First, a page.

There are also variations in the shape of the nearside canopy. The Leyland style on the Warrington PD1 is a continuous curve from top front corner to where it meets the mudguard, projecting in front of the bulkhead. This is echoed on the Alexander PD2, but on the PD1 it goes straight back from the front corner with quite a short valance with a basically angled profile. There is no projection of the side panel in front of the bulkhead.
A further question is whether Alexander actually produced a highbridge version of the Leyland clone (as opposed to assembling Leyland parts). There are certainly none that I can locate in any of the SBG fleets, although they might have delivered to other fleets. Nothing at this period was supplied to any of the Scottish municipal fleets.

Alan Murray-Rust

13/03/15 – 07:10

The photo of CRG and AWG also seems to show 2 other diagnostic differences. The gap between the 2 blind boxes and the design of the top of the upper deck front windows.

John Lomas

13/03/15 – 12:49

The points you mention are diagnostic between the versions of the Alexander body; I was aiming to highlight the differences between the Leyland and Alexander products.

Alan Murray-Rust

05/05/15 – 07:23

I’ve seen EED 8 mentioned on here and just to let you know it’s back in Warrington and privately owned I’m trying to set up a page on Facebook for my husband it his is bus.


03/03/18 – 06:47

I am sorry to inform you that EED 8, which was preserved in Warrington, was destroyed in a fire on Thursday 1st March 2018. A sad loss.

Paul Mason

03/03/18 – 06:50

Sad to say Warrington Corporation no 8 EED 8 is no more, destroyed in fire at Fairbrothers Bewsey Warrington.

Anthony Mcdonnell

04/03/18 – 06:46

It is unfortunate that it had gone back to Warrington. www.warrington-worldwide.co.uk/

John Lomas

29/03/18 – 06:02

It was very sad to see the destruction of EED 8 by fire, a tragic accident that has destroyed all but the chassis, running gear, cab and the front, but it was remarkable to see the engine start and run straight away so that it could be driven out of the shed. I wish Ray and colleagues every good wish in their desire to rebuild the vehicle and hope that one day we can re-unite EED 8 with my bus EED 5.

Phil Clark

30/03/18 – 07:53

How sad, Phil. What actually happened?

Chris Hebbron

02/04/18 – 07:30

I saw the bus on BBC North West news and the vehicle was still recognisable but sadly I think the best thing for EED 8 is to be sold as spares for another Leyland PD1. The only other option, which would effectively mean building a new bus would be to follow the example of WW2 utility Guy Arab CDR 679, which lost its original body but was fitted with another utilitybody, but such matches are rare. I wish the owner well and I’m sorry about the fire.

Paul Mason


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Portsmouth Corporation – Leyland Titan PD1 – DTP 822 – 188

Portsmouth Corporation - Leland Titan PD1 - DTP 822 - 188
Photograph by ‘unknown’ if you took this photo please go to the copyright page.

Portsmouth Corporation
Leyland Titan PD1/1A
Weymann H30/26R

One of 19 identical PD1/1A’s delivered in 1948, 188 still looks very smart in its glossy maroon and white paint, with roof of grey, paint dipping at the corners à la London Transport’s post-war STL 18/20’s, which had identical bodies.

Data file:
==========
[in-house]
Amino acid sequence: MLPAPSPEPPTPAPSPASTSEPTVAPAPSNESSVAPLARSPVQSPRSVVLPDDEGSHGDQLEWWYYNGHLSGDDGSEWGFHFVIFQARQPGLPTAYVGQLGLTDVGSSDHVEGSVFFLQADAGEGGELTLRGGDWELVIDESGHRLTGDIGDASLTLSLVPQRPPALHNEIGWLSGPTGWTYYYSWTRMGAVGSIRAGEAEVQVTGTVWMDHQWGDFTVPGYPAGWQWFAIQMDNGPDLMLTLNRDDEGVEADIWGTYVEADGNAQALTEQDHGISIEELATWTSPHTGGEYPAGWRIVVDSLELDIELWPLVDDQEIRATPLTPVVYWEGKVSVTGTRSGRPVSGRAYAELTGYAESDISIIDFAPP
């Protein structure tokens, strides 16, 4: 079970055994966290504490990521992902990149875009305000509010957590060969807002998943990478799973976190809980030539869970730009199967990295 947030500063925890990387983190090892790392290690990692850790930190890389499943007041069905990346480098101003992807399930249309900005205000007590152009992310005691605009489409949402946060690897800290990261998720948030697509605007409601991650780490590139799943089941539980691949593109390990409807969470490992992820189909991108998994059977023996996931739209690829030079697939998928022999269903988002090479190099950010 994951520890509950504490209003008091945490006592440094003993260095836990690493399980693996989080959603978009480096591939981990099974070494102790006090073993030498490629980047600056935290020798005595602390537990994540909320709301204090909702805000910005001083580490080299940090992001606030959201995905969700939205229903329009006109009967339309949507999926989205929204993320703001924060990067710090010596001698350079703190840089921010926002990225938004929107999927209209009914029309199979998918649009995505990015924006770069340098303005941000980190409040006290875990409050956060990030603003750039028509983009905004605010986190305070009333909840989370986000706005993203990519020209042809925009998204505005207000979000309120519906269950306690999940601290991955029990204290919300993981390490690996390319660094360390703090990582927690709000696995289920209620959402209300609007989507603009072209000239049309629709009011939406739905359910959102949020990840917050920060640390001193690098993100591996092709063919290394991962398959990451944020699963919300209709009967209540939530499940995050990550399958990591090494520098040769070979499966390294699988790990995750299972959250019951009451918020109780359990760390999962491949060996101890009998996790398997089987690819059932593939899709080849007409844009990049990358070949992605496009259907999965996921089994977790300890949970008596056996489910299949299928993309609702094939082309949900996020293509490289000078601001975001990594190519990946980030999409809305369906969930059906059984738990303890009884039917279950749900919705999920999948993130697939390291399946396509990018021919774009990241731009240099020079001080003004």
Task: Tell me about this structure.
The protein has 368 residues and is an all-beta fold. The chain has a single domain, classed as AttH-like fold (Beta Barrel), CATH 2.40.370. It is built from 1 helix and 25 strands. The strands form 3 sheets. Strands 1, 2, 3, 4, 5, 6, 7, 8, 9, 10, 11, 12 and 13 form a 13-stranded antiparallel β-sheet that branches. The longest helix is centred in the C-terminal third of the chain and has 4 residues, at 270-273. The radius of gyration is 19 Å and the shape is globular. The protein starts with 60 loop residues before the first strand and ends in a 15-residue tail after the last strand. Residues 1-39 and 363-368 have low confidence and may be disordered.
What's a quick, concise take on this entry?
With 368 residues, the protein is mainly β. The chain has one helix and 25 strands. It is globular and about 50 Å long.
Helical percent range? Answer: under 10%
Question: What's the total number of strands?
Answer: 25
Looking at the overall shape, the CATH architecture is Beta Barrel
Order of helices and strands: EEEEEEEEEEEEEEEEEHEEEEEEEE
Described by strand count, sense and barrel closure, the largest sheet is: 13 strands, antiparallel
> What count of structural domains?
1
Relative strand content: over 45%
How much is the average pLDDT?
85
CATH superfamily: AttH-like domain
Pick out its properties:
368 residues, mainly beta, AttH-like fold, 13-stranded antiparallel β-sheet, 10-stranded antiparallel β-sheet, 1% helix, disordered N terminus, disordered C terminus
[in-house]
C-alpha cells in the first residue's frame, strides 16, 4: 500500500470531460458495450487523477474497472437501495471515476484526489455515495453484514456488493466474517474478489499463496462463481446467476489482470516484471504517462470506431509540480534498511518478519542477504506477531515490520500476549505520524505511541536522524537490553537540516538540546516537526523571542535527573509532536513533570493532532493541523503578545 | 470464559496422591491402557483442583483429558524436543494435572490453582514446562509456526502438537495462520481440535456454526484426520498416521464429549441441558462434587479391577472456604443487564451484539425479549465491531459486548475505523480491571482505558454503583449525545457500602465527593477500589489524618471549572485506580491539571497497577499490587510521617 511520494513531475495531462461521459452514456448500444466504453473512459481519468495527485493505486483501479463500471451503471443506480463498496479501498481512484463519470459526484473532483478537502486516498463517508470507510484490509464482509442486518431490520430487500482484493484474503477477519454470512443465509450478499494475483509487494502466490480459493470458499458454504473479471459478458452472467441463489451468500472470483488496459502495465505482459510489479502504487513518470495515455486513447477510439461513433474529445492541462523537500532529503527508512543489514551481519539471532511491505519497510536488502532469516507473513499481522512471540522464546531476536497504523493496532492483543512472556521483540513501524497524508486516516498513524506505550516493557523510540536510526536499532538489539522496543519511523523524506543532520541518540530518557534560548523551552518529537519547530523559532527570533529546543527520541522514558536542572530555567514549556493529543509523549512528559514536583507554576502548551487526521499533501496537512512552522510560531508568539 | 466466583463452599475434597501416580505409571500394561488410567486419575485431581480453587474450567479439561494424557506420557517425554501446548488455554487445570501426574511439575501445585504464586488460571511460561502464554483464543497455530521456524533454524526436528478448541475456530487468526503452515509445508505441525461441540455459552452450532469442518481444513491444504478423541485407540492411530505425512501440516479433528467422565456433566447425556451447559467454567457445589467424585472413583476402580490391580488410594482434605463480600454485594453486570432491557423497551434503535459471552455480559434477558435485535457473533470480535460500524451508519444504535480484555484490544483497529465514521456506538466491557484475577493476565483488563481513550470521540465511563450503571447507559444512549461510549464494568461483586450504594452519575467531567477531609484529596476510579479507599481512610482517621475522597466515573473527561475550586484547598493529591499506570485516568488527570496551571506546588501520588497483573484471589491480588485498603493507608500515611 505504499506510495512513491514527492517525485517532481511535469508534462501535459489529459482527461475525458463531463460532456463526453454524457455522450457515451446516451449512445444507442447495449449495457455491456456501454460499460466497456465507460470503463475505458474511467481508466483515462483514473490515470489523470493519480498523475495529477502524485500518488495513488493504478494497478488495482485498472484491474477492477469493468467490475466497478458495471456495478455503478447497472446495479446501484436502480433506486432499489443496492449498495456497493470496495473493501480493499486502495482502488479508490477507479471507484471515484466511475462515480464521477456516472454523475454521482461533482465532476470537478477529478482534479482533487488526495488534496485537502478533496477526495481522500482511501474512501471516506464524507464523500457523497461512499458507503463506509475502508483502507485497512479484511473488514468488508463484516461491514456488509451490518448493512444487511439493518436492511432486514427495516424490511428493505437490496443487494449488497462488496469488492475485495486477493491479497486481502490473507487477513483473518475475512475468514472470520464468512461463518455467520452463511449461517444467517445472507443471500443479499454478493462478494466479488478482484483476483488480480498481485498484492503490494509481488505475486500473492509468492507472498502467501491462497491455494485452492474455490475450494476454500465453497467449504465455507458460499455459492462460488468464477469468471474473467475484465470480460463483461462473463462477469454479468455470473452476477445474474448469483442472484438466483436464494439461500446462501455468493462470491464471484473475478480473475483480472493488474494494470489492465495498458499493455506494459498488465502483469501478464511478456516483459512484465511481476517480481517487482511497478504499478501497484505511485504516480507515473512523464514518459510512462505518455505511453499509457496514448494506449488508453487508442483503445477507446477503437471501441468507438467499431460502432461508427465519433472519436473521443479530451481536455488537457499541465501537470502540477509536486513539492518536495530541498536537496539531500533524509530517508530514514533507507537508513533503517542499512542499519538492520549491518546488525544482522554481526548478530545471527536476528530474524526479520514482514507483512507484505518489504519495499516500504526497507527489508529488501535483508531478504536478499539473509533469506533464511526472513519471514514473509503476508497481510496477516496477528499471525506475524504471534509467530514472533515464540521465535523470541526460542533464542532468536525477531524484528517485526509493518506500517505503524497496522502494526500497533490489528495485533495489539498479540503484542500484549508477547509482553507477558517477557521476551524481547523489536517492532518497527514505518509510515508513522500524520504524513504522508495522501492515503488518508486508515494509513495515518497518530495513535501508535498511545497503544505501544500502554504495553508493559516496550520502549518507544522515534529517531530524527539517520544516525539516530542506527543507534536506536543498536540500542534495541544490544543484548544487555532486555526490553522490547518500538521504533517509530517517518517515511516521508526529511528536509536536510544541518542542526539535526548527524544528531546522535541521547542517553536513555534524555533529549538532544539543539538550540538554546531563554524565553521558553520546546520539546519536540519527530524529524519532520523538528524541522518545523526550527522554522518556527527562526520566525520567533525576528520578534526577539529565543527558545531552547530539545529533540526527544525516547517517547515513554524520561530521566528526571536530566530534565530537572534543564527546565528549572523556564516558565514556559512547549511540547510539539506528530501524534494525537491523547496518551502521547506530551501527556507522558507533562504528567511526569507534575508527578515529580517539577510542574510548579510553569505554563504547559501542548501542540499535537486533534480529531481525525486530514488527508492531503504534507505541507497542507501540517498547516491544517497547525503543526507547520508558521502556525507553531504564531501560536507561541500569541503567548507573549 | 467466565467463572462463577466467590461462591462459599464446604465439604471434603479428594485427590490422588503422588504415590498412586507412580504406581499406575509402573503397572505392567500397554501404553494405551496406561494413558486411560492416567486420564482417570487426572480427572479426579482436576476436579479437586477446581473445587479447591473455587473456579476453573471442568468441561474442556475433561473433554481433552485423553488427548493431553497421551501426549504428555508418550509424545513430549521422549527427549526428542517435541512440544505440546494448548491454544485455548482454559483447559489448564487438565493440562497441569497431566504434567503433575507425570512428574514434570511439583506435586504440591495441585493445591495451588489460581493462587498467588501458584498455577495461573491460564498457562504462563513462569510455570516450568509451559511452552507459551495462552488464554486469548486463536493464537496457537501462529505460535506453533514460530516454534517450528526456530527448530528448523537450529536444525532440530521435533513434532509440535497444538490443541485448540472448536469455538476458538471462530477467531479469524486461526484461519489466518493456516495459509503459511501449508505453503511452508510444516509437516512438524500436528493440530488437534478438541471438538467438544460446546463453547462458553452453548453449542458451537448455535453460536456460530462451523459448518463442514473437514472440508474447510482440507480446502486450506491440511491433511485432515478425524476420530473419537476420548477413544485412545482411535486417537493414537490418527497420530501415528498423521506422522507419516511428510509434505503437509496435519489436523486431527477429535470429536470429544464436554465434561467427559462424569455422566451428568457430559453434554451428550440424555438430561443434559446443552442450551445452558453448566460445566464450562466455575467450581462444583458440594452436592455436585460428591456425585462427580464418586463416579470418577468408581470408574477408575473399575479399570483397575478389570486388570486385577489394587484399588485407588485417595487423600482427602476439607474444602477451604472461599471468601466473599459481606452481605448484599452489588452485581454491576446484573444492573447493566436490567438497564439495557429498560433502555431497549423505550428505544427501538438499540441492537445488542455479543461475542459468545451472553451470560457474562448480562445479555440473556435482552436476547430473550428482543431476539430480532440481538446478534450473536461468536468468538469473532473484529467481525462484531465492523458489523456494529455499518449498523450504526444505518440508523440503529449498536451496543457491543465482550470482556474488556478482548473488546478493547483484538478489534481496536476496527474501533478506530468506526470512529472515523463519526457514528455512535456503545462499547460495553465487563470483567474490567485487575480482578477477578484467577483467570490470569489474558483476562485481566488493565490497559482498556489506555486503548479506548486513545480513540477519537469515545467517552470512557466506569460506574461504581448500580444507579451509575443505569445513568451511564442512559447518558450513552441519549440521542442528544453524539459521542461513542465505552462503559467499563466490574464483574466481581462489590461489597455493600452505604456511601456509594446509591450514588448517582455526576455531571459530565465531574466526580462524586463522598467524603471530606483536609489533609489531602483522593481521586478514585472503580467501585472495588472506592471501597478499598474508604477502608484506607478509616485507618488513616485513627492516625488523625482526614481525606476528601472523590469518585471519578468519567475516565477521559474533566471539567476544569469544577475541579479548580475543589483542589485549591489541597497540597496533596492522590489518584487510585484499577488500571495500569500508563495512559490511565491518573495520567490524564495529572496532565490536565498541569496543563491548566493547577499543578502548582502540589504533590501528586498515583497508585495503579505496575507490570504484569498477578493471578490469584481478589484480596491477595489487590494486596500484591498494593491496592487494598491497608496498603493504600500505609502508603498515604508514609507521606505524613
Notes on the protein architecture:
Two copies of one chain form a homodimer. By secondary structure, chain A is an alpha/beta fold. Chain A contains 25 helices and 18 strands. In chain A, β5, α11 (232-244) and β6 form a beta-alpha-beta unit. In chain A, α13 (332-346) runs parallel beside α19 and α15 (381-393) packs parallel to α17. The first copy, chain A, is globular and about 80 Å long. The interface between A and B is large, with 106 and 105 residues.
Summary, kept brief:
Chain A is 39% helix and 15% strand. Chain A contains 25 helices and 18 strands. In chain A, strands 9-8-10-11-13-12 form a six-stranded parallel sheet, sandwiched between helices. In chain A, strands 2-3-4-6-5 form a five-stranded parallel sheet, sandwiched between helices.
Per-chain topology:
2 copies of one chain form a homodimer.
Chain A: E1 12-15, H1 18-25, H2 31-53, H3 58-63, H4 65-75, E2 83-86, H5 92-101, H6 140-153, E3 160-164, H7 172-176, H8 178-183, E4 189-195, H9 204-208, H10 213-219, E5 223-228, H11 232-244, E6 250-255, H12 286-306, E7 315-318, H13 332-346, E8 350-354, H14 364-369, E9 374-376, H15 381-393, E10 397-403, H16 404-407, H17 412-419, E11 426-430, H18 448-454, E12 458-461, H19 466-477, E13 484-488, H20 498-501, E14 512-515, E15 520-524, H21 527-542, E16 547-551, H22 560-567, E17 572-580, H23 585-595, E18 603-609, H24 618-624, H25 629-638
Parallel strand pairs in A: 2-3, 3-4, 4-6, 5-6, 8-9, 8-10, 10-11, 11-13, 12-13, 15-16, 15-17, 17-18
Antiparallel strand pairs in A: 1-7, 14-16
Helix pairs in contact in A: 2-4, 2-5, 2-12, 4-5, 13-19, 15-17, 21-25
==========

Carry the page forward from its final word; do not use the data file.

It has just entered Guildhall Square, Portsmouth, having just come down Commercial Road and under Portsmouth & Southsea’s High Level Station bridge, seen to the left of the bus. Behind, and to the right, is Brickwood’s Sussex Hotel, with its brown-tiled façade.  188 has come from Portchester and is en-route to the Floating Bridge, Old Portsmouth, not, literally, a floating bridge, but a vehicle ferry over to Gosport. Note the police telephone box and the holidaymakers, dad with suitcase, on what looks a lovely Summer’s day, by the look of 188’s open windows. The trolley wires would be used for another few months.
The photo was taken about 1962 and it’s nice to see one of these vehicles with a full blind display (perfectly set), since they were usually relegated to peak-hour working, with just a destination display, in this, the twilight of their lives. 188 was withdrawn in 1967, after 19 years service. Portsmouth Coat of Arms_lr
The city coat of arms on the side is in a separate photo. The motto’s in English; no fancy Latin for Pompey folk!
To the right of the main photo, just out of view, was the Taj-Mahal Indian Restaurant. In 1967, a colleague and I were invited to another colleague’s retirement lunch. He’d served in the Indian Army in the war and suggested we’d like a Madras Curry. It was our first curry and was so hot as be virtually inedible, but we couldn’t upset the man; so ate it! I never touched another curry for 20 years! For our host, however, it was not quite hot enough!

Photograph and Copy contributed by Chris Hebbron

A full list of Titan codes can be seen here.

25/12/11 – 06:38

An early example of "Leyland Loonacy". Weymann’s classic post-war design marred by Leyland’s insistence on siting the Speedo unit in such a position and way that the windscreen had to be small and squared off. The logic was that the Leyland body had a far more attractive windscreen (it did) and therefore people wouldn’t buy bodies from anyone else (they did). Did they really believe their own argument in Lancashire?